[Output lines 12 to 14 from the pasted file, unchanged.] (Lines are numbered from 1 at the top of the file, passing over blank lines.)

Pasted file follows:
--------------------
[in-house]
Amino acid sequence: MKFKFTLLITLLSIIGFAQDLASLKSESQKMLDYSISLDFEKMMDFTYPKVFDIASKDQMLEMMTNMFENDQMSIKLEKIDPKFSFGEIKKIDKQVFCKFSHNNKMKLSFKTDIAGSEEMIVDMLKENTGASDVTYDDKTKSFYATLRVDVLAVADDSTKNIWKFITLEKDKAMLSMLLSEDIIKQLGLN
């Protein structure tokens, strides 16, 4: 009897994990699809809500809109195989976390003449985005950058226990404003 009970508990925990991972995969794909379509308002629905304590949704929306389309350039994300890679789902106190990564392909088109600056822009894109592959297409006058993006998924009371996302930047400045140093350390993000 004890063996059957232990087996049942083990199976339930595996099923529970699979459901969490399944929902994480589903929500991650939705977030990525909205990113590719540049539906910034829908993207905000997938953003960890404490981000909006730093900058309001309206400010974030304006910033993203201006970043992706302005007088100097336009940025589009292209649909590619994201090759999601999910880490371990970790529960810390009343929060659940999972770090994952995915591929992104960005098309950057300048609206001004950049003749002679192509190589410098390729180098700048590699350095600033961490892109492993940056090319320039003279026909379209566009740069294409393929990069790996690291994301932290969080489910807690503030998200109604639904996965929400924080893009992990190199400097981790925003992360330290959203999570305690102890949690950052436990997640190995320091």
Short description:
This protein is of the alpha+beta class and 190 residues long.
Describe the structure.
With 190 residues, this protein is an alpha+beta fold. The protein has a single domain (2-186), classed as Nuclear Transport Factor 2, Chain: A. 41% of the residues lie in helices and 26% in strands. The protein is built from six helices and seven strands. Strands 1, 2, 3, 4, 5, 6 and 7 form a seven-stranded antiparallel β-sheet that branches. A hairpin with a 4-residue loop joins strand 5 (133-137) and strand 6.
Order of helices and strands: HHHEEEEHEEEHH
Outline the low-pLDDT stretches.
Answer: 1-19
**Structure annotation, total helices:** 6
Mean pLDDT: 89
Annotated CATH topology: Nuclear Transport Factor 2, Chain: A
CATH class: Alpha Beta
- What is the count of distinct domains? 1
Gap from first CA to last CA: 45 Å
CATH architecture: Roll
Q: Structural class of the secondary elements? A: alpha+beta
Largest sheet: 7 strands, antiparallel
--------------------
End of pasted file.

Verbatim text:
Mean pLDDT: 89
Annotated CATH topology: Nuclear Transport Factor 2, Chain: A
CATH class: Alpha Beta